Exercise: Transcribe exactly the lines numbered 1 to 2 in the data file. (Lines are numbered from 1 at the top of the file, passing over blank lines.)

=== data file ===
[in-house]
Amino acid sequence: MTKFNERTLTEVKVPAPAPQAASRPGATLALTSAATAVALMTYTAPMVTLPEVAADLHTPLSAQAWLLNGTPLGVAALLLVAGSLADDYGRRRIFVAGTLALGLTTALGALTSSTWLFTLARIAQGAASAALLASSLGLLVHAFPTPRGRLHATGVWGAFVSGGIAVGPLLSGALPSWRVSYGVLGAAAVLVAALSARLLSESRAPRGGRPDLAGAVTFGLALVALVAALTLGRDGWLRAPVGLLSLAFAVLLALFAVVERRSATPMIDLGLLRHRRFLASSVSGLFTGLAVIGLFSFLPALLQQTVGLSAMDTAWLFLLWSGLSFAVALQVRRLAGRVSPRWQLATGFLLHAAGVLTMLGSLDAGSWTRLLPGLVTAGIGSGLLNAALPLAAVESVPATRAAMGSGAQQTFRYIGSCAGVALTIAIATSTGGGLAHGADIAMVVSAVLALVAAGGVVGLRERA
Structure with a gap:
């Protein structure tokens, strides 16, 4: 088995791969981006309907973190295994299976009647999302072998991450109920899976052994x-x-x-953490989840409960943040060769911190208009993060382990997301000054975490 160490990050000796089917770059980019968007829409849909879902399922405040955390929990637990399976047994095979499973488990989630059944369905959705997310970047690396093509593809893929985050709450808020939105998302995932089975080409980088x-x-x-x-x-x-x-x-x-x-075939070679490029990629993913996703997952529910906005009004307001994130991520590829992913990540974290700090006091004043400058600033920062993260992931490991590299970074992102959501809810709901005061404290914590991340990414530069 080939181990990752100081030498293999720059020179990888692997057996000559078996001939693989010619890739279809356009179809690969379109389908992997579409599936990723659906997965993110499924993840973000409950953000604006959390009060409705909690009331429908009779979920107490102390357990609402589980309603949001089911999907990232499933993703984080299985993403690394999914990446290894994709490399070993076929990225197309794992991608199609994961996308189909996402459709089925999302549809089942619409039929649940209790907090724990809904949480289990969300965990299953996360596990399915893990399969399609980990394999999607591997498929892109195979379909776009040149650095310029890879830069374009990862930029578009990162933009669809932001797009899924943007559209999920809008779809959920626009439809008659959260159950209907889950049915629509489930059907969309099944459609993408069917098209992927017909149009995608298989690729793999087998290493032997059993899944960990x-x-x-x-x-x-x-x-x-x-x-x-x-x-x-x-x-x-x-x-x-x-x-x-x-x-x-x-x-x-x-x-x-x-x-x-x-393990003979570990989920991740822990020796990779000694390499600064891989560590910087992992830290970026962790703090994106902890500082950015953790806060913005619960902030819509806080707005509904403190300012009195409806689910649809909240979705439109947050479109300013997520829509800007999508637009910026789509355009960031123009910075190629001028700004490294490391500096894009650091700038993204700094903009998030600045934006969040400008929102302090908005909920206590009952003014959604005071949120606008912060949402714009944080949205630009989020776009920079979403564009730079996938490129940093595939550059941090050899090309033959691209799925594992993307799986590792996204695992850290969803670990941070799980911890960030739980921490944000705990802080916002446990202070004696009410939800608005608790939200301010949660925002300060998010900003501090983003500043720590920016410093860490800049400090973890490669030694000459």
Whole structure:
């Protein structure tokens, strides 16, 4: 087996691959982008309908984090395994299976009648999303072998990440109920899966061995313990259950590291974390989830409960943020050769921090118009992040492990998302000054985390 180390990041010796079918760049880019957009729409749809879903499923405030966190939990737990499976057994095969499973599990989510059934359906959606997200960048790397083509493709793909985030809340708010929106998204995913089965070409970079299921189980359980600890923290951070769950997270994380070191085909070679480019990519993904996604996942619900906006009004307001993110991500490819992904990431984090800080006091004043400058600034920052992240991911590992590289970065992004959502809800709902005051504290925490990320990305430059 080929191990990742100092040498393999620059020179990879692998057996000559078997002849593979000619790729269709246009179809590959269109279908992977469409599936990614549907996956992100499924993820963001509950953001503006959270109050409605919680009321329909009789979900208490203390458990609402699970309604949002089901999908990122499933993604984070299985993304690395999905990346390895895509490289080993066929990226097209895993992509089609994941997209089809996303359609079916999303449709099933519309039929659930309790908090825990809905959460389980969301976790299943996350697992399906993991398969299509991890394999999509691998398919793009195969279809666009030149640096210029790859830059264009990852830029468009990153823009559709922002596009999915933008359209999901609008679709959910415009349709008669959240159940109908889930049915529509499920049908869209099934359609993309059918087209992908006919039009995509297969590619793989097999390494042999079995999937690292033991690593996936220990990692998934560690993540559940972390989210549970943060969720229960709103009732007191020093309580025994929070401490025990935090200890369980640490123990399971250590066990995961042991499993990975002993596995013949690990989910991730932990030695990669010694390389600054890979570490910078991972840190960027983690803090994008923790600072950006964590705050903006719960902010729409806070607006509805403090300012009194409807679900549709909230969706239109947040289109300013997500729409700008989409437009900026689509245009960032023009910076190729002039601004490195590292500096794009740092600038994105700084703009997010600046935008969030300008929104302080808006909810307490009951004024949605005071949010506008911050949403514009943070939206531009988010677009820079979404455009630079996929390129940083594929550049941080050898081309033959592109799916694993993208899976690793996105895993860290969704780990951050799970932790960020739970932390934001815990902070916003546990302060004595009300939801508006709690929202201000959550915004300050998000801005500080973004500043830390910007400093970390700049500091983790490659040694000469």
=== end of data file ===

[in-house]
Amino acid sequence: MTKFNERTLTEVKVPAPAPQAASRPGATLALTSAATAVALMTYTAPMVTLPEVAADLHTPLSAQAWLLNGTPLGVAALLLVAGSLADDYGRRRIFVAGTLALGLTTALGALTSSTWLFTLARIAQGAASAALLASSLGLLVHAFPTPRGRLHATGVWGAFVSGGIAVGPLLSGALPSWRVSYGVLGAAAVLVAALSARLLSESRAPRGGRPDLAGAVTFGLALVALVAALTLGRDGWLRAPVGLLSLAFAVLLALFAVVERRSATPMIDLGLLRHRRFLASSVSGLFTGLAVIGLFSFLPALLQQTVGLSAMDTAWLFLLWSGLSFAVALQVRRLAGRVSPRWQLATGFLLHAAGVLTMLGSLDAGSWTRLLPGLVTAGIGSGLLNAALPLAAVESVPATRAAMGSGAQQTFRYIGSCAGVALTIAIATSTGGGLAHGADIAMVVSAVLALVAAGGVVGLRERA